A well-known New York City tailor pled guilty to tax-evasion charges and separately agreed to pay $5.5 million to settle a related whistleblower case brought under New York State’s False Claims Act (FCA).
The whistleblower, Vijay Tharwani, a former employee of the tailor, will receive $1.1 million of the settlement.
The case marked the first time the state’s recently strengthened FCA has been used successfully in a tax case; in 2010, New York became the first state to authorize citizens to sue tax cheats on its behalf.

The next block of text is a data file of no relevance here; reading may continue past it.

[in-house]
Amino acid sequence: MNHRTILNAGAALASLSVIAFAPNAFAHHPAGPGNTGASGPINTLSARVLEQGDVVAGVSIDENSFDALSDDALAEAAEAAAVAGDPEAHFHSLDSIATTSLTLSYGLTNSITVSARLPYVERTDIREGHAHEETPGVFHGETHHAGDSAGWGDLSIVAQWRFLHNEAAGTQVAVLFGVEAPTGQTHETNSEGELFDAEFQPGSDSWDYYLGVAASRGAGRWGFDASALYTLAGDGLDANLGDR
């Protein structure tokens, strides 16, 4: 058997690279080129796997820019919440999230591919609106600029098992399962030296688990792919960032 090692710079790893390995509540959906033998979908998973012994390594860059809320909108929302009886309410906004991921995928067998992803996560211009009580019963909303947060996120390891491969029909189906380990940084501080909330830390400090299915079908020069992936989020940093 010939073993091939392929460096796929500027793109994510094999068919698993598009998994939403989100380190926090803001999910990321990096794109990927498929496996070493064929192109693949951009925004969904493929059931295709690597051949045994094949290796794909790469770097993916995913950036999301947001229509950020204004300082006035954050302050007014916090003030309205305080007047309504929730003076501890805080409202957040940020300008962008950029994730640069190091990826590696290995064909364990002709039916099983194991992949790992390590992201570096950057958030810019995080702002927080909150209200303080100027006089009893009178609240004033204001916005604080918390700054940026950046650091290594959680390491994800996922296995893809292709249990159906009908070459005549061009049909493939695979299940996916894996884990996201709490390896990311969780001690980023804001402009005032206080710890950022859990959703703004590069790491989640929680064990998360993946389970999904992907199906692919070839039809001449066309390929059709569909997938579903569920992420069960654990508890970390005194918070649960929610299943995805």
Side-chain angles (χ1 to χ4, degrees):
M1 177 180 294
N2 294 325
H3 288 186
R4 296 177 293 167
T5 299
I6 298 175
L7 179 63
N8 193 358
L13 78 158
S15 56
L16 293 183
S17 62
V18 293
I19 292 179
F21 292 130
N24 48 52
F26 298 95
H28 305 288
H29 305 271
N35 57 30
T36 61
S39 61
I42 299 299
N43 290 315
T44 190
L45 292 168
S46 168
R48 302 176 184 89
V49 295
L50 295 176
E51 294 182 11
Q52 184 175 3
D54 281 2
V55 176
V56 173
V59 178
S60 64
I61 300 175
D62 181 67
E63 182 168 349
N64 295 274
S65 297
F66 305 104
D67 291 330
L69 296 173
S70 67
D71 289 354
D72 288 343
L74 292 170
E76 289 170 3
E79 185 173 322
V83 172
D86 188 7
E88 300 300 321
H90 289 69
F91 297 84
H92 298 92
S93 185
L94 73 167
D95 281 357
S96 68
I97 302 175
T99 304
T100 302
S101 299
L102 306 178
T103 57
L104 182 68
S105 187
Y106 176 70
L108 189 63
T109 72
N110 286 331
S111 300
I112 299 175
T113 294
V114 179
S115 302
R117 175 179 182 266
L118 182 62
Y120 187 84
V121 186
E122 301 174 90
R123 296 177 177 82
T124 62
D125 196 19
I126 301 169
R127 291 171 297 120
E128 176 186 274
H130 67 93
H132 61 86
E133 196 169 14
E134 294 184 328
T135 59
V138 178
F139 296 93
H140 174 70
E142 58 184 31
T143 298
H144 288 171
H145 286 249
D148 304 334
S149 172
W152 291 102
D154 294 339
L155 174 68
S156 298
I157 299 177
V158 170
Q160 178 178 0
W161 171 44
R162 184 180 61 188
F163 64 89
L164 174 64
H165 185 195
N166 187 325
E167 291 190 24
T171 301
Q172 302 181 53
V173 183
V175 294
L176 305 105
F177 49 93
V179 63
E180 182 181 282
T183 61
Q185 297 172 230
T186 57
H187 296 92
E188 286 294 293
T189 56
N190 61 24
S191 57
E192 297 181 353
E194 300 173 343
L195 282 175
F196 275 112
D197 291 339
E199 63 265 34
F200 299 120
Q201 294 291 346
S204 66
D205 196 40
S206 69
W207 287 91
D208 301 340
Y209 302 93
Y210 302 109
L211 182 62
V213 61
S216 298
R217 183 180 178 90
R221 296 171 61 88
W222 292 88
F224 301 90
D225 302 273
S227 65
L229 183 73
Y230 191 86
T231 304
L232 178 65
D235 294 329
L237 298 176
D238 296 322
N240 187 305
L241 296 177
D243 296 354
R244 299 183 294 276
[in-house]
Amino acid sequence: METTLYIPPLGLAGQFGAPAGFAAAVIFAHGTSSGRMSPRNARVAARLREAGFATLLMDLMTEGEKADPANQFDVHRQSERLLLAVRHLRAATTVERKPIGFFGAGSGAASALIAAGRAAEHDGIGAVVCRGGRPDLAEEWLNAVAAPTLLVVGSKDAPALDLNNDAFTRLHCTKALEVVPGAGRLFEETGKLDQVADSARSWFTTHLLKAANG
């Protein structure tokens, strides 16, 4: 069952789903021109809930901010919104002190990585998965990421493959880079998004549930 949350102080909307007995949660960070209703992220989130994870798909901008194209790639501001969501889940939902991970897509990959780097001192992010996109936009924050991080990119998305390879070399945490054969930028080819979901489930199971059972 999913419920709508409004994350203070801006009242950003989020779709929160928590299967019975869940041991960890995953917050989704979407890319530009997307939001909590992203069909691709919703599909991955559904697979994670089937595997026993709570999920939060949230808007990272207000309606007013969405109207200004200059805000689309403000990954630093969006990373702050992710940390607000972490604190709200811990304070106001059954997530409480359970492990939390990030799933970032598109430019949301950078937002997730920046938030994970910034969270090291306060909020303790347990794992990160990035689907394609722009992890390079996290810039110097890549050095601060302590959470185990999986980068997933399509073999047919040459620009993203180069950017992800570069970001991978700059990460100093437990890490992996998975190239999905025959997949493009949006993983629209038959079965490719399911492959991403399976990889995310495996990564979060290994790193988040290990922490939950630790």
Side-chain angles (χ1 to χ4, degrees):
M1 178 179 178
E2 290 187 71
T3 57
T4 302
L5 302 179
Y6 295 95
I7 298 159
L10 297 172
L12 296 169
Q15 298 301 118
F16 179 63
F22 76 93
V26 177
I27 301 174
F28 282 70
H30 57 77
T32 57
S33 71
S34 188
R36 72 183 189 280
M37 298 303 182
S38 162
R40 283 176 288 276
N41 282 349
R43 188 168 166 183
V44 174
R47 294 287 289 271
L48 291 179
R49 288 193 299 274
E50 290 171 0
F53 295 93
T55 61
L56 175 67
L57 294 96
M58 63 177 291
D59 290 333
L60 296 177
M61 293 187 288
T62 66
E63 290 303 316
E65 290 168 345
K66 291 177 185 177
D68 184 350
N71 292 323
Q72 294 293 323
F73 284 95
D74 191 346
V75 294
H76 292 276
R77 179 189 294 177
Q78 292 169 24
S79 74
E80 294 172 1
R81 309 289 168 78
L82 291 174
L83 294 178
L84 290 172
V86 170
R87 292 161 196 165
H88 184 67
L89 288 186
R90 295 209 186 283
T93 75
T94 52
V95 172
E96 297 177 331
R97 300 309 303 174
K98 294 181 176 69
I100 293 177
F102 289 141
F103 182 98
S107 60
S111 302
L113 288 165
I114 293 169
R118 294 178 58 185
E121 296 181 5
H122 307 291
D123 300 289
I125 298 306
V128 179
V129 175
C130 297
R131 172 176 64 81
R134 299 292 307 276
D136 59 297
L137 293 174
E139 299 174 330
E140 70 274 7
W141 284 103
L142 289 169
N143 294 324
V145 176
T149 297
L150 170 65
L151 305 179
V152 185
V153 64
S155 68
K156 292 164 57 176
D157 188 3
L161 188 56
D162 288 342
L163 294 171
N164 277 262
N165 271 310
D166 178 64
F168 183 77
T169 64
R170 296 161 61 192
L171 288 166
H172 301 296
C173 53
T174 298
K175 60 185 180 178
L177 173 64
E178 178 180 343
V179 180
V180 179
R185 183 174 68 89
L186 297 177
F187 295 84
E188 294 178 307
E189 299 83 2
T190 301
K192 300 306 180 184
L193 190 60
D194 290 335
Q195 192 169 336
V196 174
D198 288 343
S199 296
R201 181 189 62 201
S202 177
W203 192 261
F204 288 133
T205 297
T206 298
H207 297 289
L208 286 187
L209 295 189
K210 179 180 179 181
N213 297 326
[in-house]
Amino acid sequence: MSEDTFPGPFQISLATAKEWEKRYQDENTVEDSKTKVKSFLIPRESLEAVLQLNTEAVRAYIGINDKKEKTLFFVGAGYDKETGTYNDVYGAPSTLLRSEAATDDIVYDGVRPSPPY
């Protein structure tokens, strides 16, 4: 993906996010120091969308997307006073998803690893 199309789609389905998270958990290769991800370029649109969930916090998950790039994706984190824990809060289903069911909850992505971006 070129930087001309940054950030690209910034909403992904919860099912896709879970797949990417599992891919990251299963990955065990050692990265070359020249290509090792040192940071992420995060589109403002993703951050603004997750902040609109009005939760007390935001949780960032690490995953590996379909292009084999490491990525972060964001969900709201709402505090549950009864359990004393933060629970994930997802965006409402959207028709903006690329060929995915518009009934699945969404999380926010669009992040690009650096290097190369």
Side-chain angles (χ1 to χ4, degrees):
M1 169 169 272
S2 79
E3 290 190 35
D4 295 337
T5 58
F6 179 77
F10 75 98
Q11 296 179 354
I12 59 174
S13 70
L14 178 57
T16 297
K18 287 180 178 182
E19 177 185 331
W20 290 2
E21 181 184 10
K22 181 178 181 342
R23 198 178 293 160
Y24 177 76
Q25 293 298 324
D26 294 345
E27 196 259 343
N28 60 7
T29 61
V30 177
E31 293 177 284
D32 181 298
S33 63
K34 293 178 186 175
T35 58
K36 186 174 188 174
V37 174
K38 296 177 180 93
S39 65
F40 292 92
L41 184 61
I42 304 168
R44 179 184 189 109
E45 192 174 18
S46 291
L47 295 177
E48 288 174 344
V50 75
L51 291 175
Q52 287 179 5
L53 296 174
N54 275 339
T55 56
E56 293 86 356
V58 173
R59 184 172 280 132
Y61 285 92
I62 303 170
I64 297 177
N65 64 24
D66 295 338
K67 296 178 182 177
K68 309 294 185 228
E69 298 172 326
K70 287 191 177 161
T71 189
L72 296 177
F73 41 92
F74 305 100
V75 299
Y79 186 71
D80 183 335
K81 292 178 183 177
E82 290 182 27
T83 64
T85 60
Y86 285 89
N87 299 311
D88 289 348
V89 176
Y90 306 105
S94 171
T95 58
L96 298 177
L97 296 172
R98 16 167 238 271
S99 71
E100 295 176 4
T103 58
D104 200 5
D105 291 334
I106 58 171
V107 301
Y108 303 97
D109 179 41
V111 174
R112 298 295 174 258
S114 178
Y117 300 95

Mohanbhai Ramchandani — a tailor to politicians and professional athletes — was tripped up, in part, by his belief in numerology: He made sure that the digits in each fabricated number on his tax forms added to ten.
In his guilty plea, Mr. Ramchandani admitted to reporting less than a quarter of his business’ $28 million revenue on tax returns — and simply keeping taxes that he collected from customers.
His business, Mohan’s Custom Tailors, was know for creating suits for celebrities such as basketball player Patrick Ewing and former New York City mayor Rudolph Giuliani.